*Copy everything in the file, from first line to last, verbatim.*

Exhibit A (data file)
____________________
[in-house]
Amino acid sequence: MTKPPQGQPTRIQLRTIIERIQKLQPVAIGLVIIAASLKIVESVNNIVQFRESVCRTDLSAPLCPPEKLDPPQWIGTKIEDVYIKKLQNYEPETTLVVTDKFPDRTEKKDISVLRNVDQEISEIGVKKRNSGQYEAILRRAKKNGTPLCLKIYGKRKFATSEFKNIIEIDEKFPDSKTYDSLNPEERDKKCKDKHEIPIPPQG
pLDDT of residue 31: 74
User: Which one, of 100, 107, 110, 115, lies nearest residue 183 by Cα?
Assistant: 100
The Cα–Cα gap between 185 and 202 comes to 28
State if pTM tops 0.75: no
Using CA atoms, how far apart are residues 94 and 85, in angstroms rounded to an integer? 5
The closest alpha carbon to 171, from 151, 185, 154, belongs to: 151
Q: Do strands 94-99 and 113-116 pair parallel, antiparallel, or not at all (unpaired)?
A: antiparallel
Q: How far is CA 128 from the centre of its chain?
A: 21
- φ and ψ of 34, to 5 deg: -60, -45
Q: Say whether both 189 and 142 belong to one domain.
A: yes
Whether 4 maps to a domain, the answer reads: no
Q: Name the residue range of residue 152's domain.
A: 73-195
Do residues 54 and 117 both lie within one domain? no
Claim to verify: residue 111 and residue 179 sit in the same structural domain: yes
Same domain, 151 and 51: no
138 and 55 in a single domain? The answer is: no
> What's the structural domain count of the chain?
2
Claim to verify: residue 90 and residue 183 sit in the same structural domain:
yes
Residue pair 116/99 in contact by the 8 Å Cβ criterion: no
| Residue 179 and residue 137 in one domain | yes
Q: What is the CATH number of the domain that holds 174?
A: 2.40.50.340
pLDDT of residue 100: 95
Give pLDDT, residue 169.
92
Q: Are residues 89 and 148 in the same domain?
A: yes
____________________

[in-house]
Amino acid sequence: MTKPPQGQPTRIQLRTIIERIQKLQPVAIGLVIIAASLKIVESVNNIVQFRESVCRTDLSAPLCPPEKLDPPQWIGTKIEDVYIKKLQNYEPETTLVVTDKFPDRTEKKDISVLRNVDQEISEIGVKKRNSGQYEAILRRAKKNGTPLCLKIYGKRKFATSEFKNIIEIDEKFPDSKTYDSLNPEERDKKCKDKHEIPIPPQG
pLDDT of residue 31: 74
User: Which one, of 100, 107, 110, 115, lies nearest residue 183 by Cα?
Assistant: 100
The Cα–Cα gap between 185 and 202 comes to 28
State if pTM tops 0.75: no
Using CA atoms, how far apart are residues 94 and 85, in angstroms rounded to an integer? 5
The closest alpha carbon to 171, from 151, 185, 154, belongs to: 151
Q: Do strands 94-99 and 113-116 pair parallel, antiparallel, or not at all (unpaired)?
A: antiparallel
Q: How far is CA 128 from the centre of its chain?
A: 21
- φ and ψ of 34, to 5 deg: -60, -45
Q: Say whether both 189 and 142 belong to one domain.
A: yes
Whether 4 maps to a domain, the answer reads: no
Q: Name the residue range of residue 152's domain.
A: 73-195
Do residues 54 and 117 both lie within one domain? no
Claim to verify: residue 111 and residue 179 sit in the same structural domain: yes
Same domain, 151 and 51: no
138 and 55 in a single domain? The answer is: no
> What's the structural domain count of the chain?
2
Claim to verify: residue 90 and residue 183 sit in the same structural domain:
yes
Residue pair 116/99 in contact by the 8 Å Cβ criterion: no
| Residue 179 and residue 137 in one domain | yes
Q: What is the CATH number of the domain that holds 174?
A: 2.40.50.340
pLDDT of residue 100: 95
Give pLDDT, residue 169.
92
Q: Are residues 89 and 148 in the same domain?
A: yes